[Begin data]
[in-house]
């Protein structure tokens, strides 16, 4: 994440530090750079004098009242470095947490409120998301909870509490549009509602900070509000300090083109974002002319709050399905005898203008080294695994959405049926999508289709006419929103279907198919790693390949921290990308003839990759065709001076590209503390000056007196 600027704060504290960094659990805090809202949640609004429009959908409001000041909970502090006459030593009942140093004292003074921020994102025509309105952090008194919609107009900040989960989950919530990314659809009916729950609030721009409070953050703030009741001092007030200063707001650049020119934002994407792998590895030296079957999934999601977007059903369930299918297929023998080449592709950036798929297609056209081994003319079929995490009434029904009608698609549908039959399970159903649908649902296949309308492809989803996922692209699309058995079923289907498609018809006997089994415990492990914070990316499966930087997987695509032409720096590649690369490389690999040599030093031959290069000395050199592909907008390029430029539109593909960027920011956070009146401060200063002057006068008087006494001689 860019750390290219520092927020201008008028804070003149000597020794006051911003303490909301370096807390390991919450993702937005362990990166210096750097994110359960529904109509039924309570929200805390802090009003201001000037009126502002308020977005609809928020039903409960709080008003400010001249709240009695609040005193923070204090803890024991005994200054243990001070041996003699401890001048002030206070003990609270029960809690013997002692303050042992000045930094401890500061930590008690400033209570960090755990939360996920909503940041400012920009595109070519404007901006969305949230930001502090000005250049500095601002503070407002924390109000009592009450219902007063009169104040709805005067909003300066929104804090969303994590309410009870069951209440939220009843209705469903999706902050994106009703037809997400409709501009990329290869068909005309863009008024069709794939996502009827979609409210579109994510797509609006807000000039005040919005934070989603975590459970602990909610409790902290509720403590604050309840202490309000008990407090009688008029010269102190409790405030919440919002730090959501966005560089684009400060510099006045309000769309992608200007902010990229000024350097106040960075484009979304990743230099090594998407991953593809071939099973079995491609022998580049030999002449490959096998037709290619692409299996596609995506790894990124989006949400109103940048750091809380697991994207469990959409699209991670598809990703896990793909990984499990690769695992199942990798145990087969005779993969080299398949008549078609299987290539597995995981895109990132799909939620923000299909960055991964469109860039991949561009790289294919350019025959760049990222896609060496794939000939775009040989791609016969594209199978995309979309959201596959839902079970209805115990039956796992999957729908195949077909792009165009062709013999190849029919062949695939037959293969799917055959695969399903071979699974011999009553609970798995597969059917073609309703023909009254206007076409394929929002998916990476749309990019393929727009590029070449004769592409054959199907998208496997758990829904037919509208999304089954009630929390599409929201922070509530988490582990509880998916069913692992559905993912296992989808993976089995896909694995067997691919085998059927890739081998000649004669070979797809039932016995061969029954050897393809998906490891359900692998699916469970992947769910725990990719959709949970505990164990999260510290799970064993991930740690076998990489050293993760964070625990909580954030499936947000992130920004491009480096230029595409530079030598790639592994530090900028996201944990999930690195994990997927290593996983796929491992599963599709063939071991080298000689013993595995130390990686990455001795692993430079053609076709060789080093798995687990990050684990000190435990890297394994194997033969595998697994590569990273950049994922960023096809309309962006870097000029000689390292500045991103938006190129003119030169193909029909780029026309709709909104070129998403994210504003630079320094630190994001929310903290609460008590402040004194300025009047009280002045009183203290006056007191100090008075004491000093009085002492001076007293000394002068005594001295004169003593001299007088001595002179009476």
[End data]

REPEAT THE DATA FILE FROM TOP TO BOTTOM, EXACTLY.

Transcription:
[in-house]
């Protein structure tokens, strides 16, 4: 994440530090750079004098009242470095947490409120998301909870509490549009509602900070509000300090083109974002002319709050399905005898203008080294695994959405049926999508289709006419929103279907198919790693390949921290990308003839990759065709001076590209503390000056007196 600027704060504290960094659990805090809202949640609004429009959908409001000041909970502090006459030593009942140093004292003074921020994102025509309105952090008194919609107009900040989960989950919530990314659809009916729950609030721009409070953050703030009741001092007030200063707001650049020119934002994407792998590895030296079957999934999601977007059903369930299918297929023998080449592709950036798929297609056209081994003319079929995490009434029904009608698609549908039959399970159903649908649902296949309308492809989803996922692209699309058995079923289907498609018809006997089994415990492990914070990316499966930087997987695509032409720096590649690369490389690999040599030093031959290069000395050199592909907008390029430029539109593909960027920011956070009146401060200063002057006068008087006494001689 860019750390290219520092927020201008008028804070003149000597020794006051911003303490909301370096807390390991919450993702937005362990990166210096750097994110359960529904109509039924309570929200805390802090009003201001000037009126502002308020977005609809928020039903409960709080008003400010001249709240009695609040005193923070204090803890024991005994200054243990001070041996003699401890001048002030206070003990609270029960809690013997002692303050042992000045930094401890500061930590008690400033209570960090755990939360996920909503940041400012920009595109070519404007901006969305949230930001502090000005250049500095601002503070407002924390109000009592009450219902007063009169104040709805005067909003300066929104804090969303994590309410009870069951209440939220009843209705469903999706902050994106009703037809997400409709501009990329290869068909005309863009008024069709794939996502009827979609409210579109994510797509609006807000000039005040919005934070989603975590459970602990909610409790902290509720403590604050309840202490309000008990407090009688008029010269102190409790405030919440919002730090959501966005560089684009400060510099006045309000769309992608200007902010990229000024350097106040960075484009979304990743230099090594998407991953593809071939099973079995491609022998580049030999002449490959096998037709290619692409299996596609995506790894990124989006949400109103940048750091809380697991994207469990959409699209991670598809990703896990793909990984499990690769695992199942990798145990087969005779993969080299398949008549078609299987290539597995995981895109990132799909939620923000299909960055991964469109860039991949561009790289294919350019025959760049990222896609060496794939000939775009040989791609016969594209199978995309979309959201596959839902079970209805115990039956796992999957729908195949077909792009165009062709013999190849029919062949695939037959293969799917055959695969399903071979699974011999009553609970798995597969059917073609309703023909009254206007076409394929929002998916990476749309990019393929727009590029070449004769592409054959199907998208496997758990829904037919509208999304089954009630929390599409929201922070509530988490582990509880998916069913692992559905993912296992989808993976089995896909694995067997691919085998059927890739081998000649004669070979797809039932016995061969029954050897393809998906490891359900692998699916469970992947769910725990990719959709949970505990164990999260510290799970064993991930740690076998990489050293993760964070625990909580954030499936947000992130920004491009480096230029595409530079030598790639592994530090900028996201944990999930690195994990997927290593996983796929491992599963599709063939071991080298000689013993595995130390990686990455001795692993430079053609076709060789080093798995687990990050684990000190435990890297394994194997033969595998697994590569990273950049994922960023096809309309962006870097000029000689390292500045991103938006190129003119030169193909029909780029026309709709909104070129998403994210504003630079320094630190994001929310903290609460008590402040004194300025009047009280002045009183203290006056007191100090008075004491000093009085002492001076007293000394002068005594001295004169003593001299007088001595002179009476």